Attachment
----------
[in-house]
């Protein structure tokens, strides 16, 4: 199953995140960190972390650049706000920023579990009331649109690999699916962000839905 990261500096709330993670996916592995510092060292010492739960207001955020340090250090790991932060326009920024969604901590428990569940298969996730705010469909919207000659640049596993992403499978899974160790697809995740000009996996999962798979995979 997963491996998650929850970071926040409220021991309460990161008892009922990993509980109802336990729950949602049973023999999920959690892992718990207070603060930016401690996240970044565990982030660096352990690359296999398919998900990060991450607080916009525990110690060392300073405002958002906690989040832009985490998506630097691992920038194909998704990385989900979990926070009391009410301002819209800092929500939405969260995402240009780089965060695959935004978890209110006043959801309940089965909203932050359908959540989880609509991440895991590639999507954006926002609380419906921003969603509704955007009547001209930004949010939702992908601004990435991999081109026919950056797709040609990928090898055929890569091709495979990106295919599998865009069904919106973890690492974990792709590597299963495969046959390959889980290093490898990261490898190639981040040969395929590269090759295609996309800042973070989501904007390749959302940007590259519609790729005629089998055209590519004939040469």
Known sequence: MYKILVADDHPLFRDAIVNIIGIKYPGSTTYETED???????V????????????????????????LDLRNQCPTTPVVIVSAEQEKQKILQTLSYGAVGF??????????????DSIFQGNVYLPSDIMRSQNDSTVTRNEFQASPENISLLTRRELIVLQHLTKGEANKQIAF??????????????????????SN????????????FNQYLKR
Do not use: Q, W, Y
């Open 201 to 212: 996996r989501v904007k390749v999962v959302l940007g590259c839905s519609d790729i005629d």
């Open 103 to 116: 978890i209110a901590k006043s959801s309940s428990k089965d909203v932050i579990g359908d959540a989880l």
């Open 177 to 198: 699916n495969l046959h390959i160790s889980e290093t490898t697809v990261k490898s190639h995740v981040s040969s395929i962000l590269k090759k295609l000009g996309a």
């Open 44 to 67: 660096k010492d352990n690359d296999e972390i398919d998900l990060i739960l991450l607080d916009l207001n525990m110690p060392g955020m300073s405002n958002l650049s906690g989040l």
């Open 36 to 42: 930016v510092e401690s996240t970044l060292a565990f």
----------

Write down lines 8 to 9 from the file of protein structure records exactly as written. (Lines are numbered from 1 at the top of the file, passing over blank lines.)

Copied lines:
């Open 44 to 67: 660096k010492d352990n690359d296999e972390i398919d998900l990060i739960l991450l607080d916009l207001n525990m110690p060392g955020m300073s405002n958002l650049s906690g989040l």
């Open 36 to 42: 930016v510092e401690s996240t970044l060292a565990f």